The ugly head of poverty
EDITOR'S CORNER
Over a Cup of Tea
Heidi M. Pascual
Publisher & Editor
2006 Journalist of the year
for the State of Wisconsin
(US-SBA)
kinds of questionable education just roaming the streets. There are also a few people with severe mental issues (sometimes roaming naked!)
that obviously need special medical attention.

Though the Philippine government is doing the best it can to help the poor through its Department of Social Welfare and Development, the lack of
necessary budget to cover assistance to millions is often cited as the reason DSWD cannot assist everybody. There is always filtering as far as
who gets into certain assistance or service programs for indigents or the sick, or the elderly. There is one particular program whose reason for
being, I admire most, but should be revisited. There is that financial aid for families with school-age children, focused on the education-only
aspect of the kids’ growing up years. I am sure this program has helped a lot of kids belonging to families living under the poverty line, though
there are also exceptions. In our barrio, for example, the financial aid is sometimes being used by parents to buy food and other necessities at
home, so the kids end up not going to school at all, and in the end the families of these kids lose their membership in the program.

In the U.S. where there is free schooling in public schools and kids are bused going to and from school, the choice to stop schooling is left on the
family. Here, everyone has the privilege to go to school for free until high school. Well, college education is a different matter, of course. It is very
expensive to get a college education in the U.S., unless you have lots of scholarships or family savings for college education! My siblings who
were all college educated in the U.S. had to get student loans which they repaid for several years after graduation. They also had to work while
they went to school. Well, nowadays, there are also many working students in the Philippines, especially in many multinational food corporations.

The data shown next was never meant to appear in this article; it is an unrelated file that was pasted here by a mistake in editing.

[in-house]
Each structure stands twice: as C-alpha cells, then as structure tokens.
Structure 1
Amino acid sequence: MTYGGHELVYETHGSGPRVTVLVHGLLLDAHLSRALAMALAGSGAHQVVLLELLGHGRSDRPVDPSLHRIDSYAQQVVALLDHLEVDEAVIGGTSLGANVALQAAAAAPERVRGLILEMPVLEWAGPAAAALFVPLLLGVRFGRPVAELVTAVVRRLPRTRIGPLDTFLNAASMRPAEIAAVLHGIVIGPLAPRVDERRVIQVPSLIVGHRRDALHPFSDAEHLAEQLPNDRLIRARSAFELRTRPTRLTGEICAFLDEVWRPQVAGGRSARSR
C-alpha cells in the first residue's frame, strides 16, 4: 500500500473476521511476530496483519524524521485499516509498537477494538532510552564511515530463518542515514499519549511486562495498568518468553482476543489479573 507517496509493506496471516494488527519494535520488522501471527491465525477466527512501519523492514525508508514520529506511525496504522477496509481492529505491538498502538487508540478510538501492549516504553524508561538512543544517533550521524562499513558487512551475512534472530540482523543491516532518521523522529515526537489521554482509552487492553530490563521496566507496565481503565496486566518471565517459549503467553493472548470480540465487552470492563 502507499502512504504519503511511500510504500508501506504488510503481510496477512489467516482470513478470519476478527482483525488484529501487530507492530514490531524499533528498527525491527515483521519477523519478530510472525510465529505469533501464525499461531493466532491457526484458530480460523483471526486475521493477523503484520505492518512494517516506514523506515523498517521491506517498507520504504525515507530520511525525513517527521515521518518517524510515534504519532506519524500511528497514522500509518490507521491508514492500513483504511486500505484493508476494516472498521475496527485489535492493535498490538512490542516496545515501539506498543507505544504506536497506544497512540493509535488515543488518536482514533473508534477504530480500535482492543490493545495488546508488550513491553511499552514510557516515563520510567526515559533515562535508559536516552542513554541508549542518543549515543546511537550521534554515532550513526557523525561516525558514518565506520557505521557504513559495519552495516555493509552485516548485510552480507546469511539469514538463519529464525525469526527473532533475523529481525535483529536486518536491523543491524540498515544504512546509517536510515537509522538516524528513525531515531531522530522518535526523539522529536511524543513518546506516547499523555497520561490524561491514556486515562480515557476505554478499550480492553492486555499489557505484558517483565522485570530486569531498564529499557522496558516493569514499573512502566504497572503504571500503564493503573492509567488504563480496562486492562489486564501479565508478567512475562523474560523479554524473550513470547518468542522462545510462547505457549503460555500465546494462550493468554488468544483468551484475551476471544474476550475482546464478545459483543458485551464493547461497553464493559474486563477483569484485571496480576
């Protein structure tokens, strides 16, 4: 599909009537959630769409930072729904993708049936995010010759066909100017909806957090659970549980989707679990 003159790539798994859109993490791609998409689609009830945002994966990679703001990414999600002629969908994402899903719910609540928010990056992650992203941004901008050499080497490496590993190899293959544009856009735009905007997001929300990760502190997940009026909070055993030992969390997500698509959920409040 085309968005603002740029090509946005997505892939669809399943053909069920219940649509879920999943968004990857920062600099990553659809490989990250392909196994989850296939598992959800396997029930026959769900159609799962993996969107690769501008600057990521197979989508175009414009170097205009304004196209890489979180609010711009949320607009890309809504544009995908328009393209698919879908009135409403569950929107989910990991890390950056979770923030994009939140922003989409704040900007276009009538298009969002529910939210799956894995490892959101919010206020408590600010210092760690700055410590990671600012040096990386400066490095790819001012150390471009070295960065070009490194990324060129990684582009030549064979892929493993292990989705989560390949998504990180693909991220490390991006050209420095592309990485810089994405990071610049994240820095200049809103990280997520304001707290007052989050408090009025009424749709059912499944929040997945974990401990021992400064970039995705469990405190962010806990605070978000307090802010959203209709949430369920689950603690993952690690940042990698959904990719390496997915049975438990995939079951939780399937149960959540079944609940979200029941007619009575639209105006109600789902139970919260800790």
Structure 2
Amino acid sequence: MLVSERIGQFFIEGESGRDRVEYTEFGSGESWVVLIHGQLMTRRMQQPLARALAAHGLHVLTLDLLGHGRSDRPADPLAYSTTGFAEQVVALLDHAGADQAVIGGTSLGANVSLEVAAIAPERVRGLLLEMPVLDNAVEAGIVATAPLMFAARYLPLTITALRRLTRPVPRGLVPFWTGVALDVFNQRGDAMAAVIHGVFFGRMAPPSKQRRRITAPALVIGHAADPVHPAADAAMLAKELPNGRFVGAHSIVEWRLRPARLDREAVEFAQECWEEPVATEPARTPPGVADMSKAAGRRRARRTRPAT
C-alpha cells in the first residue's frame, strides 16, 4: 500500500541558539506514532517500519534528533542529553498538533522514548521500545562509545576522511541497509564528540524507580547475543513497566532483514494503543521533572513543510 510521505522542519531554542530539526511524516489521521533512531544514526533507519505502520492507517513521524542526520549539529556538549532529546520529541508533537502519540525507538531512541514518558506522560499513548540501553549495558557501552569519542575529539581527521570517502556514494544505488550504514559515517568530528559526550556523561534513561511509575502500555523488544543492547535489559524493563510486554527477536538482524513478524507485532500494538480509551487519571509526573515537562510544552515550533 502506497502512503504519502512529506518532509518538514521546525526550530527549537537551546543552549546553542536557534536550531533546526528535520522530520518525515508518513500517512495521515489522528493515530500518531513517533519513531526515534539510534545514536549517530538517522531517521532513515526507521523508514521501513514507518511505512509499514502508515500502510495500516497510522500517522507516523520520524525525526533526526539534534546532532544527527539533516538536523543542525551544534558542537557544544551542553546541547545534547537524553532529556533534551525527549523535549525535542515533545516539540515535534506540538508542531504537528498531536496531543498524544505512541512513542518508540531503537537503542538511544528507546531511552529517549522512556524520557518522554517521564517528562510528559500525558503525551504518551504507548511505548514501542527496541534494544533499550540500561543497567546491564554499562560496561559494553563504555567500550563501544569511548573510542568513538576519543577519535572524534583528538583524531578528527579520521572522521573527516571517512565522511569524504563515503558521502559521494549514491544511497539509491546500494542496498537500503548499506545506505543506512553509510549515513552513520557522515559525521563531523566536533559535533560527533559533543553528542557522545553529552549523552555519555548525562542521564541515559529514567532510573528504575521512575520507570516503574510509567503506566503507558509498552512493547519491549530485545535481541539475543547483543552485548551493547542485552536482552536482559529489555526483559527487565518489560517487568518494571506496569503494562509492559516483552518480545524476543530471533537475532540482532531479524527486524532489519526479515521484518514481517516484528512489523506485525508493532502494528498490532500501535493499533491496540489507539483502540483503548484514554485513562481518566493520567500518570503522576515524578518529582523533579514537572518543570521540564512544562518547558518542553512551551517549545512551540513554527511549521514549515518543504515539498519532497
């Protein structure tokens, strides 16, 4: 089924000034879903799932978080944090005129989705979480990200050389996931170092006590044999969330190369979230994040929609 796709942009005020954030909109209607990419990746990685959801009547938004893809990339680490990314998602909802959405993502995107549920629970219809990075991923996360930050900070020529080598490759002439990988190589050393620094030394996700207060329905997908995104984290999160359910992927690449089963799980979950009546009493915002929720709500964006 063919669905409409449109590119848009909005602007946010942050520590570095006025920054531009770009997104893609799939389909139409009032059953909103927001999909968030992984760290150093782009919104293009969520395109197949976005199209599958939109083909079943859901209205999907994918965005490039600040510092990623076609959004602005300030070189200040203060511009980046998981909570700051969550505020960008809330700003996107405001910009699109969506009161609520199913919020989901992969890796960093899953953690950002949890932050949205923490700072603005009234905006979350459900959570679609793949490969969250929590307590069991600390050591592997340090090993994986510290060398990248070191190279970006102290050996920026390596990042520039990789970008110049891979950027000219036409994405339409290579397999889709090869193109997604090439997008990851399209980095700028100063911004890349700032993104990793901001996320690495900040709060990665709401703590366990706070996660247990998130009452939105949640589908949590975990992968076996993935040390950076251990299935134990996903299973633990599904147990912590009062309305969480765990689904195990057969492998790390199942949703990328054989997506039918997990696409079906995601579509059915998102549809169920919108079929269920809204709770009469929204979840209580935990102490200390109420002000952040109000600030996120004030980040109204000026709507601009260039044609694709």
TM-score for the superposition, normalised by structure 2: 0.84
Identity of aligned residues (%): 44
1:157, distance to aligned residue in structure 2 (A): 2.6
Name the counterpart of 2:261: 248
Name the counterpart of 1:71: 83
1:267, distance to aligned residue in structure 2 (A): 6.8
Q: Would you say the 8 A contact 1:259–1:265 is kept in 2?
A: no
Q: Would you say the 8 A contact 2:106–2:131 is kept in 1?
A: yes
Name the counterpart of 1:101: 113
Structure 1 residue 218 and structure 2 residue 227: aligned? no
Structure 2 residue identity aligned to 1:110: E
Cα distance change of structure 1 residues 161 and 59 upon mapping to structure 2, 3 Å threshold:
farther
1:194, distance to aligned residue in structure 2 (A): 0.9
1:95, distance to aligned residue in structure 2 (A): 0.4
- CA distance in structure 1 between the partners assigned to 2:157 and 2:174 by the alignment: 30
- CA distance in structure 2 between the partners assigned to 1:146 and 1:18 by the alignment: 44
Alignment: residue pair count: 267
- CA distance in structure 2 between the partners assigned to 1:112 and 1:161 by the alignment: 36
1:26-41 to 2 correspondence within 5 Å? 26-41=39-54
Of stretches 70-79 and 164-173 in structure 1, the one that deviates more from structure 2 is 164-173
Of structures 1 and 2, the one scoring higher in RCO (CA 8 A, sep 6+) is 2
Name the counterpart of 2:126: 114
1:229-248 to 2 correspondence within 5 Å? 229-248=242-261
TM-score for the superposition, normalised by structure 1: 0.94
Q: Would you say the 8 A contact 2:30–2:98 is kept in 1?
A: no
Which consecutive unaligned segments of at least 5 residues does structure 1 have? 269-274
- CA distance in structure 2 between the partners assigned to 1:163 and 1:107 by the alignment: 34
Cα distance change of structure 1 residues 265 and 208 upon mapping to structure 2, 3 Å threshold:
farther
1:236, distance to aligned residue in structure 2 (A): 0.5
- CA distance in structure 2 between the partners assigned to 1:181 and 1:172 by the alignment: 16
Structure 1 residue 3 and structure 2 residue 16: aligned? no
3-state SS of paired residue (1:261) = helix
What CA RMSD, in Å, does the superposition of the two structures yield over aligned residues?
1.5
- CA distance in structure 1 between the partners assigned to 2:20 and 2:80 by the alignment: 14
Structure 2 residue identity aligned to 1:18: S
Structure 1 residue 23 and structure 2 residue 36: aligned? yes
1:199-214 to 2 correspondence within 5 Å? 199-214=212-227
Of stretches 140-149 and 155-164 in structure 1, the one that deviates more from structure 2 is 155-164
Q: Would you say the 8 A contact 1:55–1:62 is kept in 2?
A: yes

Going back to the issue of poverty, I am most impressed by Filipinos who have chosen to leave the country to work abroad in order to change their
lives and those of their families. Because of their monthly remittances, the Philippines consider them the country’s major export. It’s their efforts
and sacrifices that keep their families alive and take them out of poverty as a result. Hence, when we see big beautiful homes around (except of
politicians and big corporate owners), for sure, they’re built by money pouring in from OFWs.

For the less fortunate ones with no means to get educated, no way to land a good job, or no opportunity to get out of the country and work abroad,
it is simply accepting their fate and doing the best they can to survive. I took some photos of homes that reflect their inhabitants’ economic status. I
know that these are not proper measures of poverty or wealth, but for me and many other Filipinos, our homes describe our earning capacity, what
we have achieved so far in terms of our past jobs or relationships (many marry foreigners with lots of dough), or what we have inherited from our
parents or grandparents.

Living in a relatively poor barangay in the province of Laguna, I am sensitive to the plight of some of my neighbors. I guess I have here a mission
to help convince people that being poor is not the end of life. I have been there, and though I’m not rich in the strictest sense of the word, I am
blessed. I just want to spread the idea that blessings come pouring for people who work very hard to get them.
There is that false idea that poverty doesn’t exist in a rich country. That’s the main reason a lot of our Filipino
Overseas Workers (OFWs) choose wealthy nations to work in and work for wealthy families, especially in the
Middle East. But once I  arrived in the United States of America, which has also been considered as a “greener
pasture,” that particular view changed, at least in my mind, because I saw in person people who are homeless,
people who are lined up in soup kitchens, people who have almost nothing but a dirty set of clothes on their backs,
and long lines of people who get government assistance for their basic needs.

I then realized that whether or not you live in wealthy country, there are always very poor people. The good thing
poor people in wealthy nations have that poor people in poor nations do not have in abundance are government
and private assistance. Nobody in the Philippines, for instance, can get “food stamps” or free lodging for a certain
number of days. Beggars abound, around many corners of any town, most especially outside churches,
restaurants, and parks. Street children who are sometimes barefoot never experience going to school but get all